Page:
Botanical Alchemy through Eco Dyeing

Botanical Alchemy through Eco Dyeing

Back when I was working on building the DEVI brand and concept, rummaging through various fragrant plants for inspiration, I came across the botanical printing on fabric. I was immediately intrigued and wanted to learn the technique and science behind this artform.

Like aromatic species, dye plants have their own specific functions. For instance, while scents attract pollinators like bees, birds or other curious critters, the compounds in dye plants serve to protect the plant from pests and diseases.

Fascinating, right? I thought so too. 

Equally interesting, I learnt that these functions can also be beneficial to humans in other forms. Dye plants are typically medicinal, and their flowers are often used in aromatherapy as well.

Rose and Ylang Ylang are good examples. Rose leaves are used to create dyes while essential oil derived from the rose has high therapeutic value for the mind and body.


Pink rose outside a home garden

You might already know that Ylang Ylang, or Champapool in Dhivehi, is grown across the archipelago as an ornamental plant – but did you know that the flowers also make for excellent dyes?



In the dyeing process, local leaves such as Midhili (Sea almond tree), Aamanaka Leaf (Castor Leaf), Guava Leaf, and Rose leaf are commonly used.These plants are rich in tannins, a protective component stored in their leaves, barks, and stems to ward off bacterial and fungal infections. Plants rich in tannins are good dye plants as this compound helps in giving out the dye and holding the dye on the fabric.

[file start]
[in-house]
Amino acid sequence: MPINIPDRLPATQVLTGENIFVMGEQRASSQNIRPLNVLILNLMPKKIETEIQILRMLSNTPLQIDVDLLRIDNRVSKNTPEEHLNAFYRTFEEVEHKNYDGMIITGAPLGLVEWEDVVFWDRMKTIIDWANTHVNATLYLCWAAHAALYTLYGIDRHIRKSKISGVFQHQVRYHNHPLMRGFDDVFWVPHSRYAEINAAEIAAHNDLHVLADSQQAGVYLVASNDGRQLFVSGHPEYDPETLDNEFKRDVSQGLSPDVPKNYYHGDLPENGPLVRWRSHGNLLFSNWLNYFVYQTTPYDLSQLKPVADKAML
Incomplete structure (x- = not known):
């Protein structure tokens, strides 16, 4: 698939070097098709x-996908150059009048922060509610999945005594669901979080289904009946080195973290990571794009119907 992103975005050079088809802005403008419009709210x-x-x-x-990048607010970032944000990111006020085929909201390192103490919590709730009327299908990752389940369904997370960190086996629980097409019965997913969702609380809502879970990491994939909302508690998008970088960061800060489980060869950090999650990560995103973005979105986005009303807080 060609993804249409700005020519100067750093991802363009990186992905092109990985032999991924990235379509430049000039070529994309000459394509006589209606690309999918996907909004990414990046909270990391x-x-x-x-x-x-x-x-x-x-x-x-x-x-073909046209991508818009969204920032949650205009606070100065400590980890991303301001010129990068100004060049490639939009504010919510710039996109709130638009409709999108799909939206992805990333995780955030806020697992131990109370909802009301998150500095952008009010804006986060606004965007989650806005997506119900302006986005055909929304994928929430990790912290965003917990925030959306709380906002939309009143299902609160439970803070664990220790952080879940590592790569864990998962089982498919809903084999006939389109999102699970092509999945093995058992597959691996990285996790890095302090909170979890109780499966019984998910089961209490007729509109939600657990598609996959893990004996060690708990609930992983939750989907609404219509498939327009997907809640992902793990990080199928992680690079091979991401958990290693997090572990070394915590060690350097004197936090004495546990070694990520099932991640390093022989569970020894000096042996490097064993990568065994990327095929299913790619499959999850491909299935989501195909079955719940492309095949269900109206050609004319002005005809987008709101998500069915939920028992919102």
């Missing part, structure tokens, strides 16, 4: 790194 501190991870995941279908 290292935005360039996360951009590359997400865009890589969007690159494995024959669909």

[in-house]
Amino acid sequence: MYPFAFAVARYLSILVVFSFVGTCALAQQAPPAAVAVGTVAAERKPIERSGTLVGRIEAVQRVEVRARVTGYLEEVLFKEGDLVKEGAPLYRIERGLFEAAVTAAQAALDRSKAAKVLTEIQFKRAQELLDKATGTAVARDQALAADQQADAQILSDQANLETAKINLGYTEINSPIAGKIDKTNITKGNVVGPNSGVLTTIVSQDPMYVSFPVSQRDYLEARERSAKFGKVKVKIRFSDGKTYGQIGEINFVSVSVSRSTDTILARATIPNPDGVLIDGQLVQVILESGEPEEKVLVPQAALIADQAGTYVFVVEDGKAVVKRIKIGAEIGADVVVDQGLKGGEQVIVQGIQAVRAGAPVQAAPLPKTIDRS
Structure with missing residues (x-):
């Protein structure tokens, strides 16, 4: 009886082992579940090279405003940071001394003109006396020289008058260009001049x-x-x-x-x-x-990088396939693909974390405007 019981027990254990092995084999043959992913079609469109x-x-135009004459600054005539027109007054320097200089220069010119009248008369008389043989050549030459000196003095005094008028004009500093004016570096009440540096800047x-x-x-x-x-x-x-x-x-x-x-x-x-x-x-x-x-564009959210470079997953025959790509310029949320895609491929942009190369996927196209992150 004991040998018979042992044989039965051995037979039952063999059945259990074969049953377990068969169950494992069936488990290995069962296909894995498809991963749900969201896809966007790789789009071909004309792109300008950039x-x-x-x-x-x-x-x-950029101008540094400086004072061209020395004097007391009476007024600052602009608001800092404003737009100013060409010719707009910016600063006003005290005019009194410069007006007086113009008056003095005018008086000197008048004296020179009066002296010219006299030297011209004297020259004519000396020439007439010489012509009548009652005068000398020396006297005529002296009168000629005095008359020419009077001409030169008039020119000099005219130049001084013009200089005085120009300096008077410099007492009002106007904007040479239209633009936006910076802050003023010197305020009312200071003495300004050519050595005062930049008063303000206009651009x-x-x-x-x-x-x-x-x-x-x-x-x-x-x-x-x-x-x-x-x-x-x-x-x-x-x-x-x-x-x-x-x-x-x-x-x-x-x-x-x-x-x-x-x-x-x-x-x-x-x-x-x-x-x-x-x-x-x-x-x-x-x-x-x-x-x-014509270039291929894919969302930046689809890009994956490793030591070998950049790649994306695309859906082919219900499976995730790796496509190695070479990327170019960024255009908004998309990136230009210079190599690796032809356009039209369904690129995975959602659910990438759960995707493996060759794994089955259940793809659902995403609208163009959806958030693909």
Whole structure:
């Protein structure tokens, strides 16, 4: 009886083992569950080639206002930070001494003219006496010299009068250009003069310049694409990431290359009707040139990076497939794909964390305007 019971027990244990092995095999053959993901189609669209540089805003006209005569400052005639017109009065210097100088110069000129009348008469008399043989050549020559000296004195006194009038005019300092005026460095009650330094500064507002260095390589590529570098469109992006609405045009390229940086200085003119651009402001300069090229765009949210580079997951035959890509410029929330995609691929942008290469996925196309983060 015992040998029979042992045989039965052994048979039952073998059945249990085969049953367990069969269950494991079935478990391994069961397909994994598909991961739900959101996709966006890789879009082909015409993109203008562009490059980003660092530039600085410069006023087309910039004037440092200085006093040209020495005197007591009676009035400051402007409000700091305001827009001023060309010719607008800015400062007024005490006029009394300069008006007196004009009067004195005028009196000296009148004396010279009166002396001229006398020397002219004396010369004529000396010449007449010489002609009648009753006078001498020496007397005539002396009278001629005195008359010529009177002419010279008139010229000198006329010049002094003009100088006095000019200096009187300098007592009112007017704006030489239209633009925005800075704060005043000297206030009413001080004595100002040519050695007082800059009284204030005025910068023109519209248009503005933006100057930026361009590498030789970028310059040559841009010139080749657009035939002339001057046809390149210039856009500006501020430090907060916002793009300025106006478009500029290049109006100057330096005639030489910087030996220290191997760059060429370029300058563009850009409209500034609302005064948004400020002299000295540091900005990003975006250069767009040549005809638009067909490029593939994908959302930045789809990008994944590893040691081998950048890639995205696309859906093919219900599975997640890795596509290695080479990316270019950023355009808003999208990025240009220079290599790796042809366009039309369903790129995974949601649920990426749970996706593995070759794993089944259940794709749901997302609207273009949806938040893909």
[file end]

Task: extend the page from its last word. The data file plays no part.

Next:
Natural dyes used in the Maldives

Liyelaa or Laa Jehun

In the Maldives, lacquer work is a celebrated craft that was historically practised throughout all regions, featuring a distinct color palette and signature motifs passed down generations.

Traditionally, the lacquer was mixed with a substance called Uguli to produce a brilliant red shade. Fashurisseu, a local herbal medicine, was used to create lighter ‘yellow’ t­­­ones while the sharp con­­­­trast of black was brought about by capturing tar from smoke collected on a ceramic tile while burning an oil lantern.



Thundu Kunaa Viyun

The viyun or weaving of thundu kunaa (handmade mats) is a craft passed chiefly from mother to daughter and originates from the Southern Atolls, where the wetlands in which such reeds grow are plentiful.

Once harvested, these fibres are sundried and dyed in shades of black, yellow and brown, or used in their natural state. Locally found roots, leaves and fermented coconut water are used to create these colours.

The dye for the blackened reed is derived from cooking Uni (Indian Lavender) tree bark in ash and salt water for several days. The root of Ahi gus (Noni tree) is used in the creation of the yellow, along with turmeric colouring.

The bark of the sea hibiscus tree locally known as dhigga is used for making the thread, and using a screw pine knife and a simple loom, mats are woven into traditional patterns, with specific patterns indicating different uses such as for sleeping, prayer, swings and so on.


Dhaa Viyun

Often referred to as the ‘lifeline’ of Maldivian islands, fishing here is an artform unto itself. Although most famous for the sustainable pole and line fishing, casting nets for live bait is also a key part of the process. 

The nets that are used for catching these fish in the lagoon are handwoven – delicate but strong. It is said that weavers crush Kaani (Beach Cordia) leaves and dye the fish nets (and sometimes lines as well) to make them less visible underwater.

Heenaa Elhun

Henna, locally dubbed Heena, are found grown in different parts of the country – a remnant of our South Asian and Persian lines of heritage.

The leaves are ground into a paste, often mixed with other colouring agents like Beetroot juice, Indigo plants, or tea leaves to enhance certain shades, and applied to dye hands, or feet and as an organic hair dye.


Sometimes, people would adorn their the palms, soles or faces with intricate patterns created using a concentrated Henna paste that’s left to dry and stain for hours.